Asian Stocks Gain for 2nd Day


Asian stocks surged for a second day after the U.S. government proposed buying $700 billion of bank assets and Australia and Taiwan restricted the short sale of equities.

Mitsubishi UFJ Financial Group Inc., Japan's biggest bank, rose 3.7 percent after the U.S. Treasury planned buying mortgage and other bank assets to avert a financial meltdown. Macquarie Group Ltd. soared 15 percent after Australia's regulator banned speculators from borrowing stocks and selling them in the hope of driving down the price. Bank of China Ltd. led a jump in Chinese shares after the nation's top securities regulator made it easier for companies to buy back stock.

The MSCI Asia Pacific Index added 2.4 percent to 116.88 as of 10:40 a.m. in Tokyo, extending the 5.5 percent jump of Sept. 19. Financial stocks were the biggest contributor to the gains.

The regional measure tumbled to the lowest in three years last week after Lehman Brothers Holdings Inc. filed for bankruptcy, the U.S. government seized control of American International Group Inc. and Merrill Lynch & Co. was forced to sell itself to Bank of America Corp.

Japan's Nikkei 225 Stock Average rose 1.9 percent to 12,142.70. Benchmarks advanced in all markets open for trading.

Standard & Poor's 500 Index futures fell 1 percent in after- hours trading. U.S. stocks advanced on Sept. 19, with the S&P 500 jumping 4 percent to cap its biggest two-day gain since the aftermath of the 1987 crash.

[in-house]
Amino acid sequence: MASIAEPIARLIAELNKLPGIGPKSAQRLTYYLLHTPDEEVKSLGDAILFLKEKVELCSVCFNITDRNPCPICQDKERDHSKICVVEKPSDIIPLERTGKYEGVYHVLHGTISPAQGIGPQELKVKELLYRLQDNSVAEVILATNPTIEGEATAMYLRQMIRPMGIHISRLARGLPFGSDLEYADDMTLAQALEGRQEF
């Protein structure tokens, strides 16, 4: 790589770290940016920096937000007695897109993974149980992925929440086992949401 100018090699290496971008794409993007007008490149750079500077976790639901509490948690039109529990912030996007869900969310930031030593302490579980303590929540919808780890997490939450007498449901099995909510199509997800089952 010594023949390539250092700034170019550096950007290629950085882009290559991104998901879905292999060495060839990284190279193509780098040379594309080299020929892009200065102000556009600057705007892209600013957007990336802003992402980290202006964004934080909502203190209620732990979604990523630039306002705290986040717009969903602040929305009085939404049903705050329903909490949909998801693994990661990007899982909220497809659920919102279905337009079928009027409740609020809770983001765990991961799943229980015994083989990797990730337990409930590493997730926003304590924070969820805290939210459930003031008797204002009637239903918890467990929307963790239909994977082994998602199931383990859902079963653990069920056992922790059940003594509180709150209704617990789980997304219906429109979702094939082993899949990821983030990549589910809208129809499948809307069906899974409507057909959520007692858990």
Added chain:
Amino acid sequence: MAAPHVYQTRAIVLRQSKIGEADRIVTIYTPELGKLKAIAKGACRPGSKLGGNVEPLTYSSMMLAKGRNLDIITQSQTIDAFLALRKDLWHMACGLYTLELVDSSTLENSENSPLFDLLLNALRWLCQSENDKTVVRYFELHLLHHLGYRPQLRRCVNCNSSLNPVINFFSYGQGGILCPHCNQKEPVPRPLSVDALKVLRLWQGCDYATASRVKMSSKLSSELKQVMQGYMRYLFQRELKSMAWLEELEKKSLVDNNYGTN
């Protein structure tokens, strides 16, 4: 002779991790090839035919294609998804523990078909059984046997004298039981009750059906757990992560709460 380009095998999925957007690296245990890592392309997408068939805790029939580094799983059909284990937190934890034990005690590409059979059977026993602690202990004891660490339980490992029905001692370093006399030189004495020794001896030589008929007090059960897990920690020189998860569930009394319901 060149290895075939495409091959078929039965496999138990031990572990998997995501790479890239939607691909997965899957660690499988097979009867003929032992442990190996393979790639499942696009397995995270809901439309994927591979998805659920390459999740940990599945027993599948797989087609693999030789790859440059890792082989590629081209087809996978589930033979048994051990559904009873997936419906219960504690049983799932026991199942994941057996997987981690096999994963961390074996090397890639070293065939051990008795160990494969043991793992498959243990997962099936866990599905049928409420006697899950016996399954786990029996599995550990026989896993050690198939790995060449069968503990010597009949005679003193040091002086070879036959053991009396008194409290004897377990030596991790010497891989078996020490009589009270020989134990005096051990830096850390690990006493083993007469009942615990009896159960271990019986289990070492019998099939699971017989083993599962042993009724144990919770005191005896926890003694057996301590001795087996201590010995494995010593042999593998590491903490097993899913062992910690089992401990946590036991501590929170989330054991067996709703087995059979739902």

Mitsubishi UFJ, Japan's biggest bank, rose 3.7 percent to 894 yen, the highest since Aug. 6. Sumitomo Mitsui Financial Group Inc., Japan's second-largest by market value, advanced 3.6 percent to 683,000 yen. Kookmin Bank, South Korea's largest, added 4.1 percent to 58,200 won.

U.S. Treasury Secretary Henry Paulson's rescue plan would allow the government to buy a variety of mortgage-related securities to relieve a freeze in credit markets. Democrats, who control both houses of the U.S. Congress, pledged not to slow down its passage or tie it to an economic stimulus plan.

Since the start of 2007, global financial companies have reported more than $510 billion in credit losses and writedowns linked to the slump in the U.S. housing market and slowing economic growth.

Macquarie, Australia's largest securities firm, added 15 percent to A$41.40. Babcock & Brown Co., which had lost 97 percent this year until Sept. 19, surged a record 109 percent to A$1.59.


TradingEconomics.com, Bloomberg.com
9/21/2008 8:08:33 PM